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Maine gubernatorial election, 2014

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Maine Gubernatorial Election

Primary Date
June 10, 2014

General Election Date:
November 4, 2014

Race rating: Toss-up

November 4 Election Winners:
Paul LePage Republican Party
Incumbent prior to election:
Paul LePage Republican Party
PaulLePage.jpg

Maine State Executive Elections
Governor

Battleground Races
Maine State Senate

Divided government
WhoRunsTheStates Badge.jpg
State executive offices in Maine
Flag of Maine.png
The Maine gubernatorial election took place on November 4, 2014. Incumbent Paul LePage (R) was running for re-election to a second term. LePage won election to another four-year term.

Maine is one of 12 states to use a strictly closed primary process, in which the selection of a party's candidates in an election is limited to registered party members.[1][2][3]

The race between LePage, Democratic candidate Mike Michaud and independent candidate Eliot Cutler was close throughout 2014. Polling information available in the polls section showed narrow margins between LePage and Michaud. Learn more about developments in the election by reading the race background section or check out the campaign media section for a collection of campaign ads aired during the race.

The gubernatorial race was not the only race on the November ballot that could shift the balance of power in Maine. The Maine State Senate was identified by Ballotpedia as one of the top 20 legislative chambers to watch in 2014. LePage's victory on November 4 prevented a state government trifecta, or single-party control, for the Democrats.

Candidates

General election

Republican Party Paul LePage - IncumbentGreen check mark transparent.png[4][5]
Democratic Party Mike Michaud - U.S. House Rep.[6][7]
Independent Eliot Cutler - Former congressional aide and 2010 Independent candidate for governor[5][8][9]

Withdrawn

Independent Lee Schultheis - Retired finance executive[10]

Failed to qualify

Independent Adam Eldridge - Project Engineer[11]
Independent David Slagger, Maine Green Independent Party - Ex-Maliseet Tribal Rep. to the state legislature and 2012 state house candidate[12]

Race background

Paul LePage ran for a second term as governor in 2014.[13][6] The often divisive Republican was widely considered one of the most vulnerable gubernatorial incumbents facing re-election this year. Sources ranging from Governing, Larry Sabato's Crystal Ball, The Washington Post and Daily Kos rated the 2014 Maine governor's race as a tossup.[14][15][16][17] In June 2013, after Democratic U.S. Rep. Mike Michaud launched his bid for the office, LePage briefly indicated interest in running for Michaud's seat in the U.S. House in 2014 as a way to avoid the risk of a formidable challenge. LePage ultimately decided to seek re-election as governor.[18][19]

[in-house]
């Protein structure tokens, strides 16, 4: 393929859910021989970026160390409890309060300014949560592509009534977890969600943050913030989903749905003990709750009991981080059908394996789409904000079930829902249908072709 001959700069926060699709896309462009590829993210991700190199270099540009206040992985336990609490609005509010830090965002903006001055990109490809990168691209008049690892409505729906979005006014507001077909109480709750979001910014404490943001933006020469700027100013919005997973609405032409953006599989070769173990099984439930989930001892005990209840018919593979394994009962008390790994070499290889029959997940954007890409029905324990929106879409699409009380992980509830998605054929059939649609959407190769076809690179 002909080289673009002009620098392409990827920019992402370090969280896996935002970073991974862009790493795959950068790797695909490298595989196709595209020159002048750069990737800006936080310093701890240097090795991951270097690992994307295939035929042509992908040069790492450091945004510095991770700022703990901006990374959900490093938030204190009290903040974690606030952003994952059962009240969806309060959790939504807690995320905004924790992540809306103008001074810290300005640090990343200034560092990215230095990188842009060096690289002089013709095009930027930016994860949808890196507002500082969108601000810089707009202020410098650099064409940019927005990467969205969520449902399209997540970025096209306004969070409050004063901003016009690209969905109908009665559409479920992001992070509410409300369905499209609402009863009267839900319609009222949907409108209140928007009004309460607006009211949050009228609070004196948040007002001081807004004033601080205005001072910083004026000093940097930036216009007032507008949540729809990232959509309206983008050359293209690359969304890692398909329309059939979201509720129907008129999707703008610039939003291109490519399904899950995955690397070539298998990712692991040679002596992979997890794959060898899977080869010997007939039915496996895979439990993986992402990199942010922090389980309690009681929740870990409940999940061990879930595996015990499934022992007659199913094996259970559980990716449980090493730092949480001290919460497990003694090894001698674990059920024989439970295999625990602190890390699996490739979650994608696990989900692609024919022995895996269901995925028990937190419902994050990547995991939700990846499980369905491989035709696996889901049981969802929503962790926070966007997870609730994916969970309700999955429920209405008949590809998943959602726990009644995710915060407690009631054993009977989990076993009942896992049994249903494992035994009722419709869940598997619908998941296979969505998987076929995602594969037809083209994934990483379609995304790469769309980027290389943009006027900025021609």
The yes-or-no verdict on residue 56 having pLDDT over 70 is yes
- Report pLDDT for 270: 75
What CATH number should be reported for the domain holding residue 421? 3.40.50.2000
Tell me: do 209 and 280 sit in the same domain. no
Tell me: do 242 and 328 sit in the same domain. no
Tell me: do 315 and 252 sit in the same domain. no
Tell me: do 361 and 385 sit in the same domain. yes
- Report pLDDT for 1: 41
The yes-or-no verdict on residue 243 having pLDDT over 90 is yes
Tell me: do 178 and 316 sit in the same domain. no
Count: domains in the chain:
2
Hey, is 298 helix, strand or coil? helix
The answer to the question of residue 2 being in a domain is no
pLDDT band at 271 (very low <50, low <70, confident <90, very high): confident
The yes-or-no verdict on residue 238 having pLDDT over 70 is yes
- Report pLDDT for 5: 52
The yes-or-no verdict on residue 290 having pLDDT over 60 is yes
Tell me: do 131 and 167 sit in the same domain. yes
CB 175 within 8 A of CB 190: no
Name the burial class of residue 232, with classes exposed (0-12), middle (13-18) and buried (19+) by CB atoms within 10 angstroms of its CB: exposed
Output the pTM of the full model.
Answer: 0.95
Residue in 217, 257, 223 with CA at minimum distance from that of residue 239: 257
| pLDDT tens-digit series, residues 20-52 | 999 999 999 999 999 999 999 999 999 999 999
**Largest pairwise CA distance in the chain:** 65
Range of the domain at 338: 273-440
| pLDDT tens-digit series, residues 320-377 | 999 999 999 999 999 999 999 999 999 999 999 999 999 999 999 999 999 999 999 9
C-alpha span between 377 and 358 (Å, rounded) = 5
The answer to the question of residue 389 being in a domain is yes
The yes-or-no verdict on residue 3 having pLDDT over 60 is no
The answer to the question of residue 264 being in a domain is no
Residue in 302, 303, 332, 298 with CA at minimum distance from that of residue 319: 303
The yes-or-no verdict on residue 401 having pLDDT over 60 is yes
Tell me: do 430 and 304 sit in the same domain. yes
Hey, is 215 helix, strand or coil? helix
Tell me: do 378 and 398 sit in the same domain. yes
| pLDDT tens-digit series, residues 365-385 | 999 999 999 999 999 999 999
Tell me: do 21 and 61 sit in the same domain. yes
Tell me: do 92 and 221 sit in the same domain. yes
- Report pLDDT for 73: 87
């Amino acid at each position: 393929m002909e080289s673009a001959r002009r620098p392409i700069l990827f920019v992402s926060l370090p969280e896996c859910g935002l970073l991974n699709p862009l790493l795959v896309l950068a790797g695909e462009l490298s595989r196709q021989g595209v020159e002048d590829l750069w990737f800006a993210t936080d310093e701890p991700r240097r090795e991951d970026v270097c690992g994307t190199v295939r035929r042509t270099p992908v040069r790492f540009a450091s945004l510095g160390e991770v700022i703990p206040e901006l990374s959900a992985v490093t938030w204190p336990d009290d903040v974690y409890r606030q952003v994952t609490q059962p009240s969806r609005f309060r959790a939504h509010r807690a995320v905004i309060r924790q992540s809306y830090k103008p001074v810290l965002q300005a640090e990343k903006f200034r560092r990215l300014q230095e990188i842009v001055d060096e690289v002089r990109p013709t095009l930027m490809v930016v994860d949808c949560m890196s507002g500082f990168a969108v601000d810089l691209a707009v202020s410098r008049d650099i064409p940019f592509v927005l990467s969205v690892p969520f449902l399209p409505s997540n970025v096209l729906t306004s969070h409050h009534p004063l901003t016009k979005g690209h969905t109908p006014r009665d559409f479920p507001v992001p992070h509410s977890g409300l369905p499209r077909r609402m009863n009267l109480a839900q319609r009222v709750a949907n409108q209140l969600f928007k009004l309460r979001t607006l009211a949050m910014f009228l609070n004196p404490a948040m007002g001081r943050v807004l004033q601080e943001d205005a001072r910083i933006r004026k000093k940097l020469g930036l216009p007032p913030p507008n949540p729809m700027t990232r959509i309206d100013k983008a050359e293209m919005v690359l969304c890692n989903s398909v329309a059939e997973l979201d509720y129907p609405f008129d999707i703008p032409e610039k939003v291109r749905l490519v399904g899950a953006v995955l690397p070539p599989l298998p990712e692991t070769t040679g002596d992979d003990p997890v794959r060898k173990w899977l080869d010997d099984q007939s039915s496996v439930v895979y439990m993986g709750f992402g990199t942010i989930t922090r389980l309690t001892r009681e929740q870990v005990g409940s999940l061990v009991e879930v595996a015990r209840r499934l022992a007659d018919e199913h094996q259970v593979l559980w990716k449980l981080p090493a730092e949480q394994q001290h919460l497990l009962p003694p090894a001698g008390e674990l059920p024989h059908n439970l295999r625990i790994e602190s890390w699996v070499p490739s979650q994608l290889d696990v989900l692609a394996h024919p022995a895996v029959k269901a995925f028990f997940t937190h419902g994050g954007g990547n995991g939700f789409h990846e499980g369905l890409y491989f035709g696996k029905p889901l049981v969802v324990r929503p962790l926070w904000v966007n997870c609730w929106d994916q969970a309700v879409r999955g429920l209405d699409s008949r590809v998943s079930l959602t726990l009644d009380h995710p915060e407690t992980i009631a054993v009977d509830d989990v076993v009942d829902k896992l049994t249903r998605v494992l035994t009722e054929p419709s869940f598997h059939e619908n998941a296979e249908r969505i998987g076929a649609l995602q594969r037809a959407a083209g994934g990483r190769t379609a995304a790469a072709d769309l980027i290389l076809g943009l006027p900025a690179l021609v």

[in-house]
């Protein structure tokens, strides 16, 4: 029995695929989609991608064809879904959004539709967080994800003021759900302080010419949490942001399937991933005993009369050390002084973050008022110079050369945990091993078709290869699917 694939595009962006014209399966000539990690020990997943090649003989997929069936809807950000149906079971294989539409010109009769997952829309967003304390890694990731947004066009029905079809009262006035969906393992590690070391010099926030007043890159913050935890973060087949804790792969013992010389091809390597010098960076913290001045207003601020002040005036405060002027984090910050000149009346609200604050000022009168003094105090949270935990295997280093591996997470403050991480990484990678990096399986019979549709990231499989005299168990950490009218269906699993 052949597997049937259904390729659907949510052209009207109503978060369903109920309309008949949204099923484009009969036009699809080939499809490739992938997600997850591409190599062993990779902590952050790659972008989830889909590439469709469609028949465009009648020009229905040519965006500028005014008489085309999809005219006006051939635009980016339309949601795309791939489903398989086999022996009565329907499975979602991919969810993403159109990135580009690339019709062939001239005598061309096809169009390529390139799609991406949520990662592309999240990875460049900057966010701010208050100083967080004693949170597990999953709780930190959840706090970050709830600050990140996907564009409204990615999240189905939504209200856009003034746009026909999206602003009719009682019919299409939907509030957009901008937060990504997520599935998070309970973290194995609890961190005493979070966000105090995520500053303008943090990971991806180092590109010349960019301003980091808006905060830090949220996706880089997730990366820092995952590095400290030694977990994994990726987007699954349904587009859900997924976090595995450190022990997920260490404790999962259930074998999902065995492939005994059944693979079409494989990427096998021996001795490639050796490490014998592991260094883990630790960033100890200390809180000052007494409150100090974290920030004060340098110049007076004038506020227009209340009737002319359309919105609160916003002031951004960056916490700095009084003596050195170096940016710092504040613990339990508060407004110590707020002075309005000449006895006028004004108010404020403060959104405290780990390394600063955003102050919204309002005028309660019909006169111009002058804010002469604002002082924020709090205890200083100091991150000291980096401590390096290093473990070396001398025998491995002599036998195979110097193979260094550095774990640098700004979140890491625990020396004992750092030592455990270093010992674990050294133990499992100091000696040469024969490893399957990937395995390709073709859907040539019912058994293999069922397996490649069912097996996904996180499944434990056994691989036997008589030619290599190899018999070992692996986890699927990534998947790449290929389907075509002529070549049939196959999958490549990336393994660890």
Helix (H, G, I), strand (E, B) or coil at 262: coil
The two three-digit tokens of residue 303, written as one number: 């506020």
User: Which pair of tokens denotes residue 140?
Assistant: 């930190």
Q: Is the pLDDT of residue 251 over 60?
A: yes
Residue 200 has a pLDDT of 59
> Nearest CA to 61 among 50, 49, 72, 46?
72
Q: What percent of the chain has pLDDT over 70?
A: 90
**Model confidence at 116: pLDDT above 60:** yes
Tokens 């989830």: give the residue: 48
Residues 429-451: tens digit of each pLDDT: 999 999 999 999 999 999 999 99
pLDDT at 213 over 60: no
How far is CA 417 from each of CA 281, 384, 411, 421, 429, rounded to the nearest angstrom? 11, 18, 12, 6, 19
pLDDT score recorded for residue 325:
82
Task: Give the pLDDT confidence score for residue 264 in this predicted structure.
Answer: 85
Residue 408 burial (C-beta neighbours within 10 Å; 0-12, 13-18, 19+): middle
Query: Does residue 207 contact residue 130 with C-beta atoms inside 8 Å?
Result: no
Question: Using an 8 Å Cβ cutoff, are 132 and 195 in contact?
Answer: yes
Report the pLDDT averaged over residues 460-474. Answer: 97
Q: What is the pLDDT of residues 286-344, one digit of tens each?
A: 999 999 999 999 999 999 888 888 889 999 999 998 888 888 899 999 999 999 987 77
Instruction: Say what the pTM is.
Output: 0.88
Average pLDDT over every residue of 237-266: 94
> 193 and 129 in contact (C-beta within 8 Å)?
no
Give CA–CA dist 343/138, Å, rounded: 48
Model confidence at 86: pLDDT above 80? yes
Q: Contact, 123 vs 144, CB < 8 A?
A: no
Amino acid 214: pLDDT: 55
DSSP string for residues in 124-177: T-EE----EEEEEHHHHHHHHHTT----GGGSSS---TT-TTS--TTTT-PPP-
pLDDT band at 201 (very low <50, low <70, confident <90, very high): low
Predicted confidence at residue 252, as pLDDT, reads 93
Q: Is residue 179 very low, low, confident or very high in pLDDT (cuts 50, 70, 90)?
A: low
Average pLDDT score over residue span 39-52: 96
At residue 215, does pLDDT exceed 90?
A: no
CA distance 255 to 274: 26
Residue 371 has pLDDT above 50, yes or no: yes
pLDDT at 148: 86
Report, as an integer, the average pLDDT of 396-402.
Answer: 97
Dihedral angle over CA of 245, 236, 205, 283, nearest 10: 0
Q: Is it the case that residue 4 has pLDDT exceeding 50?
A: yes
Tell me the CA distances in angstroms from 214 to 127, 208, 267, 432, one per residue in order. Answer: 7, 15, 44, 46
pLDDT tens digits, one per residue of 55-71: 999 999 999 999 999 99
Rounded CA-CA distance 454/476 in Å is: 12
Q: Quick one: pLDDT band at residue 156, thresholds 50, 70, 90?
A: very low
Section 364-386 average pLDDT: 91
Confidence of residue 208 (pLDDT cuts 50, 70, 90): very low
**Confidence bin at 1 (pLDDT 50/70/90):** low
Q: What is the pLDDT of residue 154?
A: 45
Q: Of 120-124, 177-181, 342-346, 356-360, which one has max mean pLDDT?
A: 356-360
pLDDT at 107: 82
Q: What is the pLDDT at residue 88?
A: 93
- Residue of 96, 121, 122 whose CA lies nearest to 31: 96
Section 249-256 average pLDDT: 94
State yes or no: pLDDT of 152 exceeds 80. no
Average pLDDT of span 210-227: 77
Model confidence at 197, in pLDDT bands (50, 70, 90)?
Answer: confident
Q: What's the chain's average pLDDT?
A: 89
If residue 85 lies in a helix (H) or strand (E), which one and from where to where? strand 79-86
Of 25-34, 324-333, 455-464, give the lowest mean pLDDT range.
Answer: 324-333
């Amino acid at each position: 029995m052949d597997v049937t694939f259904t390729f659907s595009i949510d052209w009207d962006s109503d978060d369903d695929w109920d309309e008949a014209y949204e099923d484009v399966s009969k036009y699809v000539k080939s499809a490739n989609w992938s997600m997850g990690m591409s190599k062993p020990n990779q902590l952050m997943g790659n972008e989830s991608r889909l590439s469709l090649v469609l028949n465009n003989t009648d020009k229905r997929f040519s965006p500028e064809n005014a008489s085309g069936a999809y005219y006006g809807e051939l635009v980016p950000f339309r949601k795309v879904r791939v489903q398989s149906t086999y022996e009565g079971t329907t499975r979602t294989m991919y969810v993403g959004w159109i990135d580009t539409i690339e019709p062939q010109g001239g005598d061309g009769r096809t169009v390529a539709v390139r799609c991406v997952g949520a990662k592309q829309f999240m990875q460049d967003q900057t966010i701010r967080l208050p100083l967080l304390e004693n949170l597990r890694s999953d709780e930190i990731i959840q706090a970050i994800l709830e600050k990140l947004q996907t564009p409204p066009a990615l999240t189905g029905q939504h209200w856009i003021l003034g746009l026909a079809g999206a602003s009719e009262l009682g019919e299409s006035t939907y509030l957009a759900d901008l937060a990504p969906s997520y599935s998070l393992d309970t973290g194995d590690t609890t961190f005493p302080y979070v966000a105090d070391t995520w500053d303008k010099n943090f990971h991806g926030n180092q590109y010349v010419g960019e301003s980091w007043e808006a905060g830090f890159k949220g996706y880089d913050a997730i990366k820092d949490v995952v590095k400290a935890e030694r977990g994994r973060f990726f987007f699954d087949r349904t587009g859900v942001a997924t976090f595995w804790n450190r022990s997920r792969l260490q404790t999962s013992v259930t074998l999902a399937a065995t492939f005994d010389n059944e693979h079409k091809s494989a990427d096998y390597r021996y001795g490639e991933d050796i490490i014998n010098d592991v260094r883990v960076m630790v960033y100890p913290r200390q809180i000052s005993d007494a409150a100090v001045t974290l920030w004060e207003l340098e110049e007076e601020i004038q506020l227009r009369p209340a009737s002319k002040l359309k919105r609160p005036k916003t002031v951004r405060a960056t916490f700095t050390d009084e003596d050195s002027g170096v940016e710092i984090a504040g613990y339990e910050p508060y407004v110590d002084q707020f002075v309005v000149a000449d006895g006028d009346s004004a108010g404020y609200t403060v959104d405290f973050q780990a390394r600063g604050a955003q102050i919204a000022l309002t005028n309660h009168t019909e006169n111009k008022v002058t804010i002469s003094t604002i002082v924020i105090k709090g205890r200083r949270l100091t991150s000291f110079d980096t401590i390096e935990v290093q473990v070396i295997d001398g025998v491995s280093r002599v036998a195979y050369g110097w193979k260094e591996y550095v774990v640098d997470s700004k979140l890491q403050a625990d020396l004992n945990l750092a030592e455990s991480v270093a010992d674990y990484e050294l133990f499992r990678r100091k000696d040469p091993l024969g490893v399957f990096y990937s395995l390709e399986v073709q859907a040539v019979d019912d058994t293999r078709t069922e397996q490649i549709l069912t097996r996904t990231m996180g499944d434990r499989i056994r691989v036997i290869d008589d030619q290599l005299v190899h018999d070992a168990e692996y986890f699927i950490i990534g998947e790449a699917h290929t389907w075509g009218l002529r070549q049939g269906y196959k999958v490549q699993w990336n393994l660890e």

Cutler's declining fortunes in the general election

The back-and-forth results of polls published in October led supporters of Michaud to call for Cutler's withdrawal from the gubernatorial race. Cutler, who lost to LePage by 1.7 percent in 2010, was seen as a drain on Michaud's poll figures due to their similar political leanings. The independent candidate averaged about 13 percent in October polls gathered by Ballotpedia, while LePage and Michaud each approached 40 percent. Cutler called an October 29 press conference to address these concerns, raising the hopes of Democratic supporters who asked for his withdrawal. He announced plans to remain in the race and stated, "Anyone who has supported me but who now worries that I cannot win and is thereby compelled by their fears or by their conscience to vote instead for Mr. LePage or Mr. Michaud should do so."[20]

U.S. Sen. Angus King (I) had a change of heart on the same day as Cutler's press conference. He endorsed Cutler in August, but switched his support to U.S. Rep. Mike Michaud (D) because "the voters of Maine are not prepared to elect Eliot in 2014."[21][22]

Campaign finance decision in district court

An August 22 decision by U.S. District Court judge D. Brock Hornby regarding campaign finance limits in Maine may have contributed to more money in the gubernatorial race. Hornby ruled that a group of four donors to the campaign of independent candidate Eliot Cutler could go beyond a $1,500 per person limit on general election contributions for unaffiliated candidates. Democratic and Republican candidates in Maine enjoy a higher contribution limit because they can max out the individual donation limit in the primary and general election reporting periods. Both major-party candidates did not face primary challenges this year, though the individual limit reset after the statewide primary on June 10.[23]

Attorneys representing the Maine Commission on Governmental Ethics and Election Practices defended the contribution limits, citing their ability to reduce corrupt practices. The state's attorneys also argued that supporters can use PACs to support their preferred candidates. Hornby dismissed these arguments, noting that the current limitation treats contributors differently based on their political leanings. The decision left open the question of whether all donors to Cutler could contribute $3,000 ahead of the general election, or if the ruling focused on the four plaintiffs. The donors who brought the original lawsuit will also pursue further action to enshrine Hornby's decision into state law.[23]

The Maine Ethics Commission voted unanimously on August 27 to not enforce the $1,500 limit for each election, opting instead for a $3,000 per individual limit for the 2014 election cycle. The board's decision only applied to the 2014 election, and the Maine State Legislature would need to act for similar changes in future elections.[24]

Dueling campaign finance complaints

The Maine Democratic Party filed an ethics complaints in early October against Paul LePage, claiming that the governor used state property as part of his re-election campaign. The complaint argued that a campaign spokesperson used a state-funded vehicle in order to reach election-related events. The state Republican Party countered with a complaint against Mike Michaud that accused the U.S. House member of using federal campaign money for his gubernatorial campaign. The Maine Ethics Commission unanimously rejected further investigation of both claims on October 10, 2014.[25]